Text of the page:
Women with sophisticated language as young adults were less likely to suffer the symptoms of Alzheimer's disease in old age -- even when the characteristic brain lesions associated with Alzheimer's were present at death, researchers found.
The importance of these skills -- measured by the "idea density" in an essay they wrote early in adulthood -- held for women with intact cognition, regardless of whether a brain autopsy showed the hallmark plaques and tangles of Alzheimer's, Dr. Juan Troncoso of Johns Hopkins University and colleagues reported online in the journal Neurology.
The findings add to the evidence for a so-called "cognitive reserve" that protects against the effects of neurological disease, according to Dr. Robert Stern, a professor of neurology and Alzheimer's expert at Boston University, who was not involved in the study.
Language abilities -- like other measures of this reserve, such as years of education -- appear to be linked to "bigger and better brains," with more connections between neurons, he said. Rather than decreasing the likelihood that a person will develop Alzheimer's, it apparently staves off some clinical symptoms of the underlying disease, such as memory loss.
Exercising the mind early in life may help build a protective cognitive reserve, although studies like this cannot prove that these mental exercises are effective, added Dr. Samuel Gandy of Mount Sinai Alzheimer's Disease Research Center in New York.
"The notion of recommending language acquisition as a kind of mental exercise that might lower one's risk for Alzheimer's disease follows logically," Gandy said.
And even if it doesn't help in the end, language skills certainly can't hurt, he said.
Alzheimer's disease has puzzled researchers because the same degree of damage to the brain causes severe symptoms in some people, but not in others, Troncoso's group noted.
To determine what factors earlier in life might produce these differences, the researchers looked at a particularly Alzheimer's-vulnerable area of the brain during autopsies of 38 Roman Catholic nuns.
Autopsies showed that women with known Alzheimer's disease in this group had significant shrinkage of certain parts of the brain compared with those who had no symptoms or brain lesions.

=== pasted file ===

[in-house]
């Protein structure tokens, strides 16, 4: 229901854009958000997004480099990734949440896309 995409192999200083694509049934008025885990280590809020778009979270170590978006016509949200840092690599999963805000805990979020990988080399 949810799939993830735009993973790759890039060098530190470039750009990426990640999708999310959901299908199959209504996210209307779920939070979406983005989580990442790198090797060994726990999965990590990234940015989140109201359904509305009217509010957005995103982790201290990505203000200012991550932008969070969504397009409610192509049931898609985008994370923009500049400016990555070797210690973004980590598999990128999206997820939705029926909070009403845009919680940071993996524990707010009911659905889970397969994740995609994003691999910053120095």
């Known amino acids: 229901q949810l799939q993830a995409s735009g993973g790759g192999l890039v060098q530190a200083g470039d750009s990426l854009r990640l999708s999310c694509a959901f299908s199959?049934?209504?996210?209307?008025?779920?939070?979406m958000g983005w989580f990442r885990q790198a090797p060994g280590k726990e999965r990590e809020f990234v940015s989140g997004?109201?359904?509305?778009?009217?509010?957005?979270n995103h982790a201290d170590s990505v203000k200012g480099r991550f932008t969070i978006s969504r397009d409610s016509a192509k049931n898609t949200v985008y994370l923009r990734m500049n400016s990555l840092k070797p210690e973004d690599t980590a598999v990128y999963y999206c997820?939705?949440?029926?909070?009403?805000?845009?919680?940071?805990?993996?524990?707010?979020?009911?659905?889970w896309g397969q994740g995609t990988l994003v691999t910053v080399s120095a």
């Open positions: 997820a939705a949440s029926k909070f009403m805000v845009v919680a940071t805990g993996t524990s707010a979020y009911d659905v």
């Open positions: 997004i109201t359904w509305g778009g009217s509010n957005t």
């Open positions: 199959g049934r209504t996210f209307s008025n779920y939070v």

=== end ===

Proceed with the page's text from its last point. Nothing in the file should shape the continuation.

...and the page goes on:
But the women with asymptomatic Alzheimer's disease -- who showed no cognitive impairment before death but showed Alzheimer's disease-type brain lesions during an autopsy -- had markedly larger compartments of key cells in their brains compared with all the other groups of women.
These features may indicate that the neurons in the brains of these women repaired themselves or grew and made new connections to compensate for damage, the researchers said.
Across these groups, there were no differences in age at death, education level, or time from last cognitive evaluation to death that could explain the results.
However, language ability earlier in life did appear to correlate with whether these women showed Alzheimer's symptoms.
The researchers also analyzed essays that 14 of the women had written as they entered the convent five or six decades earlier.
What they found was that women without old-age cognitive impairments -- including two with asymptomatic Alzheimer's disease -- had expressed a significantly higher number of ideas for every 10 words in the essay than did the one patient with mild cognitive impairment and the five with Alzheimer's disease.
Still, while the researchers called this a fascinating observation, they cautioned that the study is probably far too small to draw any solid conclusions about the benefits of a limber mind when it comes to warding off Alzheimer's.
But though Gandy agreed that the study could not get at the mechanism behind the association, he noted that language skills are complex and exercise sensory, cognitive and motor areas of the brain at the same time.